The importance of keeping the same claim is simple: for each build, when we build the artifact, we need to download all the dependencies in order to compile the code. Since these dependencies don’t really change most of the time for the same code, we use OpenShift Container Storage 4 persistent storage to keep the data persistent for each build, thus making any Maven build that follows the first build, up to 90% faster.

After explaining all of this, let’s run the script:

bash deploy_jenkins myjenkins-1 ocs-storagecluster-ceph-rbd

3.5. Running the build and looking at results

The oc command to run a build is very simple and it is literally oc start-build, however we are going to use the bash script run_builds to not only run this command for you, but also run the build 5 times in a sequential manner, measuring the duration of each run, and outputting this data into a log file per run. The script accepts two variables, the OpenShift project name where you created the Jenkins pod (and of course the BuildConfig and persistent volume), and a directory to place the outputs.

bash run_builds myjenkins-1 myjenkins-1

If we look at the newly created myjenkins-1 directory, it should have 10 files (2 files for each of the 5 runs of the build):

The files that match -- are the output of the Jenkins build runs.
The files starting with "log-" will hold the build duration data. A quick grep sample of the results will show similar results to these:

cat myjenkins-1/log-myjenkins-1-jax-rs-build-*|grep 'Total time'

Example output:

[INFO] Total time: 01:39 min
[INFO] Total time: 5.337 s
[INFO] Total time: 3.510 s
[INFO] Total time: 3.258 s
[INFO] Total time: 2.930 s

What we are "grepping" for is the total time it took for the actual maven Pod to run the build. Or, to be precise, the mvn clean package -DskipTests=true command. As you can see, the first build in this example took 99 seconds, while all the consecutive builds took less than 5 seconds. The reason for this is that the dependencies are downloaded for the first build and then reused again and again for any other build that follows.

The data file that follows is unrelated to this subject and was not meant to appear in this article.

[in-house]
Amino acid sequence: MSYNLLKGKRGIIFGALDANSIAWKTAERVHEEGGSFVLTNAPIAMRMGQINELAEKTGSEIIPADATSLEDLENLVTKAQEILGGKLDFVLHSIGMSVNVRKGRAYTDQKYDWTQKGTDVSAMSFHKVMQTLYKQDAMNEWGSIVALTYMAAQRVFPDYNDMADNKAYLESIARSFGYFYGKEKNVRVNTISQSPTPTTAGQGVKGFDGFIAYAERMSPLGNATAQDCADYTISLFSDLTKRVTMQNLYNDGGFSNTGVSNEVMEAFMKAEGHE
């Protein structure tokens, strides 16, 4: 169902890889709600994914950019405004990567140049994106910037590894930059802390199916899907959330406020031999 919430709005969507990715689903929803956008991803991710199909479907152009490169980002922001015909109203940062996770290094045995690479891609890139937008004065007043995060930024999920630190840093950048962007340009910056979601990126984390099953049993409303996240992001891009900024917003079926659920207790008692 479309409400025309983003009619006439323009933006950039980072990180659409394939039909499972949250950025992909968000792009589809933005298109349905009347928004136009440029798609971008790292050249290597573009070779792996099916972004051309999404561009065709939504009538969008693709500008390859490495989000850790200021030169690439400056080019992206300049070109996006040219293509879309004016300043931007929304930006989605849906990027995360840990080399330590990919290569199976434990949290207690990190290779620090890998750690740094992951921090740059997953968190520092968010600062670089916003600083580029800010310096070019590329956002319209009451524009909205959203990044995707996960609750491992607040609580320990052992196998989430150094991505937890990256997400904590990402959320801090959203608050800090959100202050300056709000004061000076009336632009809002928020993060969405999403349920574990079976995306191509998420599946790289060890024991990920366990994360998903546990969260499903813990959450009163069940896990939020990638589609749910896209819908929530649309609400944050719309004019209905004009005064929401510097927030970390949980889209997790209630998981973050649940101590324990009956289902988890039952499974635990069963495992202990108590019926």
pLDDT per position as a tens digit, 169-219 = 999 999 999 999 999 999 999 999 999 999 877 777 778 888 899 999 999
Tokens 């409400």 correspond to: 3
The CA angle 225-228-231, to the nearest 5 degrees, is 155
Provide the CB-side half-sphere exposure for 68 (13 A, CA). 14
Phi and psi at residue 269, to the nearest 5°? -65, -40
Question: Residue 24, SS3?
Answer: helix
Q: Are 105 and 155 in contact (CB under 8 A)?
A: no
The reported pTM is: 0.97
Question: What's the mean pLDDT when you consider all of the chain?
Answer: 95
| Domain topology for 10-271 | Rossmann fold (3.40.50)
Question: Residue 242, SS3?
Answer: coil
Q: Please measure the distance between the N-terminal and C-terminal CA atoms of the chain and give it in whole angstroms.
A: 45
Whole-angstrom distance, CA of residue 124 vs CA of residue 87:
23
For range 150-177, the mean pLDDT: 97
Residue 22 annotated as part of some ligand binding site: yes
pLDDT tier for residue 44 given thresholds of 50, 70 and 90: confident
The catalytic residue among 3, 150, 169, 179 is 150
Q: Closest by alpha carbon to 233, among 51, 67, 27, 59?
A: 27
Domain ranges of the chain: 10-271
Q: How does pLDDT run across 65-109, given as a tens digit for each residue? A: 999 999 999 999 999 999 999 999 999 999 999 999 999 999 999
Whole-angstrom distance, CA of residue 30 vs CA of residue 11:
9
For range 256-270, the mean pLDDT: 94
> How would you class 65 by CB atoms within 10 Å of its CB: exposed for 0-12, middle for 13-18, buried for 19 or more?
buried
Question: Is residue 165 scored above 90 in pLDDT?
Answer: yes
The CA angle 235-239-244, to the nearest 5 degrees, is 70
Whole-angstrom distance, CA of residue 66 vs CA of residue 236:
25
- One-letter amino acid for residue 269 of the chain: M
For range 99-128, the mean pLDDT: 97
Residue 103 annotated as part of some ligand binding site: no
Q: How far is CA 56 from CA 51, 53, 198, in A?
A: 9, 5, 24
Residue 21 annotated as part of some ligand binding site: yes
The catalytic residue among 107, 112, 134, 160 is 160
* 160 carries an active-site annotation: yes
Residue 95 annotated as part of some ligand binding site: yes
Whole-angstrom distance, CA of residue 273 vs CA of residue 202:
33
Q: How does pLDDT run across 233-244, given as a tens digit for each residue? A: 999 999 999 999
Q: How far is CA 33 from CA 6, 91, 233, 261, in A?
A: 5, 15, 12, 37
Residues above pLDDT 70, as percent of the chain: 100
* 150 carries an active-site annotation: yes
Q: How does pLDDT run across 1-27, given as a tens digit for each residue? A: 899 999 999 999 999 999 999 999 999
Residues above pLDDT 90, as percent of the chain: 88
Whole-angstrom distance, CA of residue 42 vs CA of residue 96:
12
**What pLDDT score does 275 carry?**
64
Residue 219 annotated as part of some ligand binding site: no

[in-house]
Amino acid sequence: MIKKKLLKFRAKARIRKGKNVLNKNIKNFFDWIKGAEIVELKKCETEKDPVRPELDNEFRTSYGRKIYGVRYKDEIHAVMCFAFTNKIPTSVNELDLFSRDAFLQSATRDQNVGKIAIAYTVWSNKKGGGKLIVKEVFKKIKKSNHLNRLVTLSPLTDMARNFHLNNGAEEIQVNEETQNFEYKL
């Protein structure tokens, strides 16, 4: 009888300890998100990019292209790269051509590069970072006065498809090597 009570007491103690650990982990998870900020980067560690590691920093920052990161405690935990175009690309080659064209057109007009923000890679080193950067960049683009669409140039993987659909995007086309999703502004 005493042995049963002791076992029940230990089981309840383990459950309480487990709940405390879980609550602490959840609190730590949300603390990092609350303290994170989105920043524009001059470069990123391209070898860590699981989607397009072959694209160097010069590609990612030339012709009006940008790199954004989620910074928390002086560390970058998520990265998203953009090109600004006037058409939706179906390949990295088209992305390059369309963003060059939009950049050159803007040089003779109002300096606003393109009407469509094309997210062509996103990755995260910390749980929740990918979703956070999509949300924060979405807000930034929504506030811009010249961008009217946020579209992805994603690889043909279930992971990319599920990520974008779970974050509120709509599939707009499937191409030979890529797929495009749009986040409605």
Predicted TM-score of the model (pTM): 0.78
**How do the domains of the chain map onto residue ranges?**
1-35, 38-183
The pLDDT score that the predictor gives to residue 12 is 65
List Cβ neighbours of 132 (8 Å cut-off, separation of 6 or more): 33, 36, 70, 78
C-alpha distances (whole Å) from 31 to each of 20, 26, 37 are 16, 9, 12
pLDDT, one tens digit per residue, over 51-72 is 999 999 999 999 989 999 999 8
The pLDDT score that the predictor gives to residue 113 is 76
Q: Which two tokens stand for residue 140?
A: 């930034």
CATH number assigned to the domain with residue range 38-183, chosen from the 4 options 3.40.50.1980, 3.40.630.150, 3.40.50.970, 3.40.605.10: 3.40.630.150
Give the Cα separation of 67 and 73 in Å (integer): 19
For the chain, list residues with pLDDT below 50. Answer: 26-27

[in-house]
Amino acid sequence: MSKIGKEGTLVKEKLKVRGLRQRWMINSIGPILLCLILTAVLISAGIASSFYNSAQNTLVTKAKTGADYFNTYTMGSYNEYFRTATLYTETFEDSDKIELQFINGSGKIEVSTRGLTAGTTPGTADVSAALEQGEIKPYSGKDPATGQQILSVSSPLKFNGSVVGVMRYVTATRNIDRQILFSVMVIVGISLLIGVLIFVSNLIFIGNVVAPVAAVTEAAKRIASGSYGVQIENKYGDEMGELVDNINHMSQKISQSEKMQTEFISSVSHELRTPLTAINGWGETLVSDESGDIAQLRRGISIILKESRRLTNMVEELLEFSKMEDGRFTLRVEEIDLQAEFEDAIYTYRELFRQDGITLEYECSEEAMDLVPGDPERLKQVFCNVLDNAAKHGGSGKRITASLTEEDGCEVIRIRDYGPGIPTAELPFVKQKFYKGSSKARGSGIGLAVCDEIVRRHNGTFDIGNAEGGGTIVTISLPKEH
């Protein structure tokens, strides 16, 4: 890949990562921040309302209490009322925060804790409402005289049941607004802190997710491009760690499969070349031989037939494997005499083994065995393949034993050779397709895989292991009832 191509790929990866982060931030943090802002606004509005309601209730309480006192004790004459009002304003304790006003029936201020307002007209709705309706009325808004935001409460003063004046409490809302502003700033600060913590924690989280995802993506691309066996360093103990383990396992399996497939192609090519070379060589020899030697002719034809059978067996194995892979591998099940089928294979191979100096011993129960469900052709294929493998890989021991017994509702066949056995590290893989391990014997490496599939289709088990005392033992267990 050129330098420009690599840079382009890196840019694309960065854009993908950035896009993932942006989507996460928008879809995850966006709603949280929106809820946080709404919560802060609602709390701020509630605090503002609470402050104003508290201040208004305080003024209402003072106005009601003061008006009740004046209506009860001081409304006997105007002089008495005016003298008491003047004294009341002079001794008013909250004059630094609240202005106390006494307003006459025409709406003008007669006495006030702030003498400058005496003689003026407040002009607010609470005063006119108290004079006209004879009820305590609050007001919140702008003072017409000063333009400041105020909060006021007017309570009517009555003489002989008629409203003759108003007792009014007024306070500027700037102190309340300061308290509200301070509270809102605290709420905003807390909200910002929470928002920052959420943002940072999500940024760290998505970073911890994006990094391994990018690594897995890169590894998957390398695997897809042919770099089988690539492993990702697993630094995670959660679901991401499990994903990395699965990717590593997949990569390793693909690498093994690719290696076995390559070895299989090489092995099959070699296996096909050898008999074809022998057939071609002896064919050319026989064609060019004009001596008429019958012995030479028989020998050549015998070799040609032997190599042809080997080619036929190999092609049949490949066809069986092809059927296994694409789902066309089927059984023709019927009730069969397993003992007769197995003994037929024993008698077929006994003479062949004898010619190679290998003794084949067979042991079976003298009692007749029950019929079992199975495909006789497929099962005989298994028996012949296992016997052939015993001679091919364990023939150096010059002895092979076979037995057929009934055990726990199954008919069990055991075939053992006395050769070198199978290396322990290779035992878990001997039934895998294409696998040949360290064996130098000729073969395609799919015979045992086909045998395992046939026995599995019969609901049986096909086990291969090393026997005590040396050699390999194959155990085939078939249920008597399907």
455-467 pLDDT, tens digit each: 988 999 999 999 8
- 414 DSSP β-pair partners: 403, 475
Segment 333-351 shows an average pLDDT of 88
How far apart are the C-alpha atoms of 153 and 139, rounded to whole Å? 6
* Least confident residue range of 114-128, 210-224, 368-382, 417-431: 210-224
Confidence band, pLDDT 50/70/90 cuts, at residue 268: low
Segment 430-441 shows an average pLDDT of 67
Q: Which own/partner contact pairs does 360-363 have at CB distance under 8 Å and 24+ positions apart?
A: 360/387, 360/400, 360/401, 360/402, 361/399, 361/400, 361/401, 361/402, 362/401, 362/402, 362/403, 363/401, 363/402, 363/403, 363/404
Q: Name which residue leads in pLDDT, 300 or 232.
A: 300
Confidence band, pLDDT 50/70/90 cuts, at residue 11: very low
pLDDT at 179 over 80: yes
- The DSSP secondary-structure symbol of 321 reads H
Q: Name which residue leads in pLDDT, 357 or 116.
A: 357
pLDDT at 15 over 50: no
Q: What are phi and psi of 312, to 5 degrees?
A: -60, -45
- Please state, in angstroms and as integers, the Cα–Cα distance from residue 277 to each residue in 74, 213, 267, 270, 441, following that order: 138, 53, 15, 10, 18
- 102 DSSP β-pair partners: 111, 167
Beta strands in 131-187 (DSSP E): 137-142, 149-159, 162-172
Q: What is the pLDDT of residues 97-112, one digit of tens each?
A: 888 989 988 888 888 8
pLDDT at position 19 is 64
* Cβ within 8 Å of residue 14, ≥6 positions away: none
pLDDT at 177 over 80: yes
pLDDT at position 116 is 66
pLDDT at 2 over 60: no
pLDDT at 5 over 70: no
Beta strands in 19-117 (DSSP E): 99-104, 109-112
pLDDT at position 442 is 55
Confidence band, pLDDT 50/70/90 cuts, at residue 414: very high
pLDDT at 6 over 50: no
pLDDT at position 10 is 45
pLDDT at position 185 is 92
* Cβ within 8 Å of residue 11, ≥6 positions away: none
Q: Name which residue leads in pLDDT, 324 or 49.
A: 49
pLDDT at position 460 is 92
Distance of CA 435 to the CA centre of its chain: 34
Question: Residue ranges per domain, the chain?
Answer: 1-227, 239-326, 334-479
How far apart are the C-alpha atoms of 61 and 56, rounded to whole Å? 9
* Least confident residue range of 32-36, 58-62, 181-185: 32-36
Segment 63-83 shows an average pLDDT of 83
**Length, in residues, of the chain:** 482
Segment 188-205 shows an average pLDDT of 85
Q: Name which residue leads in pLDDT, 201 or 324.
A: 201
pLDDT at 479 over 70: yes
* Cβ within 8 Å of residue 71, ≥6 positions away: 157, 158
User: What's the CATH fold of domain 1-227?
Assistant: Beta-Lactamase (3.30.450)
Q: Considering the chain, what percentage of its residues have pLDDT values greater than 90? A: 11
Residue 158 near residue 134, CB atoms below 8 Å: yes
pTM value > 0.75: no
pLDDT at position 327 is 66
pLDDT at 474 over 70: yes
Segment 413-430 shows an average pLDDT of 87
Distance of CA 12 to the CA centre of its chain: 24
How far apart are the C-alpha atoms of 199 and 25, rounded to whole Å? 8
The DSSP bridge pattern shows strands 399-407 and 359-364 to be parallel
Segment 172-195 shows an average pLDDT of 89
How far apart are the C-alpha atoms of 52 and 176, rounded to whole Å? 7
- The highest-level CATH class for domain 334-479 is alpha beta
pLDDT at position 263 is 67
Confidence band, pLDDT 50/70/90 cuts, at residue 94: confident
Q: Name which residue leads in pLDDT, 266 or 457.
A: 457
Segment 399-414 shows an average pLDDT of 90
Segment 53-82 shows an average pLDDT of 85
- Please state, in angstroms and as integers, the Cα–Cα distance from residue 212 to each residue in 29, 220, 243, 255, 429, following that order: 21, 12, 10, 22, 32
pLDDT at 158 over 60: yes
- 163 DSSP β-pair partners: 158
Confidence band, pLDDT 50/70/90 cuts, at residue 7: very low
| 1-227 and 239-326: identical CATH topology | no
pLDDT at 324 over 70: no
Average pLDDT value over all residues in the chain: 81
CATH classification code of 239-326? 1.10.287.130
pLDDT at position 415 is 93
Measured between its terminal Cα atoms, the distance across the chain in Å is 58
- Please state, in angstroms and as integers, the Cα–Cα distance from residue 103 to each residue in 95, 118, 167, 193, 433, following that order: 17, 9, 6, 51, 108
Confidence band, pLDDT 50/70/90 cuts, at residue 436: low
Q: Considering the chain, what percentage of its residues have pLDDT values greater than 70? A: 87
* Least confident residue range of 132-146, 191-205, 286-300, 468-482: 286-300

It is important to note that this is a fairly small project/code that we’re using and bigger projects/code, will have an even greater impact on the maven commands as the dependencies will most likely be much larger.
Also important to note, if we would have used ephemeral storage for our Maven Pods, each of the 5 builds would have taken roughly 99 seconds. If we do some simple math, using ephemeral storage would have taken us roughly 500 seconds to run 5 builds versus the roughly 115 seconds if we are using OpenShift 4 persistent storage for the Maven pods!

3.6. Running our demo in a multi-tenant environment

In real-life scenarios with Jenkins in the Kubernetes/DevOps world, there are usually several Jenkins servers running. It could be there’s a Jenkins server per development team, or maybe a Jenkins server per engineering group (Dev, QE, Support, Professional services and so on). It could be that a developer is working on several projects that require different versions of Jenkins or Jenkins plugins. As you can see, the notion of having many Jenkins servers running on a single OpenShift cluster using some sort of software defined storage is very real.